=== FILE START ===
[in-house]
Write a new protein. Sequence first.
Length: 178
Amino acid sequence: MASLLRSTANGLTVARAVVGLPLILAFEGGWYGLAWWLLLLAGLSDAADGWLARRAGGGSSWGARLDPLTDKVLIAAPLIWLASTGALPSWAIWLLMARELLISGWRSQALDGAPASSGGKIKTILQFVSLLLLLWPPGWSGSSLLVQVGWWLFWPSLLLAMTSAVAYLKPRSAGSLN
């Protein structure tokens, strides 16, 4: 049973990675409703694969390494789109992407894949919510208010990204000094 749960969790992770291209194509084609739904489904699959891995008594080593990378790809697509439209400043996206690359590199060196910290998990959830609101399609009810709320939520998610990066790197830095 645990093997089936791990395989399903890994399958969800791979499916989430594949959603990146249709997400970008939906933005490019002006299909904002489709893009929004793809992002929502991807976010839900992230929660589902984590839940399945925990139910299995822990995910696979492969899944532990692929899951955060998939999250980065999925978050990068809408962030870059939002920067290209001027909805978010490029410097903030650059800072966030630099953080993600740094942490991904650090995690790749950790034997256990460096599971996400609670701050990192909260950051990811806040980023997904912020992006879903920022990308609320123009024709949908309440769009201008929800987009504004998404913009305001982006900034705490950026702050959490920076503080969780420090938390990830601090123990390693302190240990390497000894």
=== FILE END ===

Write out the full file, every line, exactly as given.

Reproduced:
[in-house]
Write a new protein. Sequence first.
Length: 178
Amino acid sequence: MASLLRSTANGLTVARAVVGLPLILAFEGGWYGLAWWLLLLAGLSDAADGWLARRAGGGSSWGARLDPLTDKVLIAAPLIWLASTGALPSWAIWLLMARELLISGWRSQALDGAPASSGGKIKTILQFVSLLLLLWPPGWSGSSLLVQVGWWLFWPSLLLAMTSAVAYLKPRSAGSLN
């Protein structure tokens, strides 16, 4: 049973990675409703694969390494789109992407894949919510208010990204000094 749960969790992770291209194509084609739904489904699959891995008594080593990378790809697509439209400043996206690359590199060196910290998990959830609101399609009810709320939520998610990066790197830095 645990093997089936791990395989399903890994399958969800791979499916989430594949959603990146249709997400970008939906933005490019002006299909904002489709893009929004793809992002929502991807976010839900992230929660589902984590839940399945925990139910299995822990995910696979492969899944532990692929899951955060998939999250980065999925978050990068809408962030870059939002920067290209001027909805978010490029410097903030650059800072966030630099953080993600740094942490991904650090995690790749950790034997256990460096599971996400609670701050990192909260950051990811806040980023997904912020992006879903920022990308609320123009024709949908309440769009201008929800987009504004998404913009305001982006900034705490950026702050959490920076503080969780420090938390990830601090123990390693302190240990390497000894």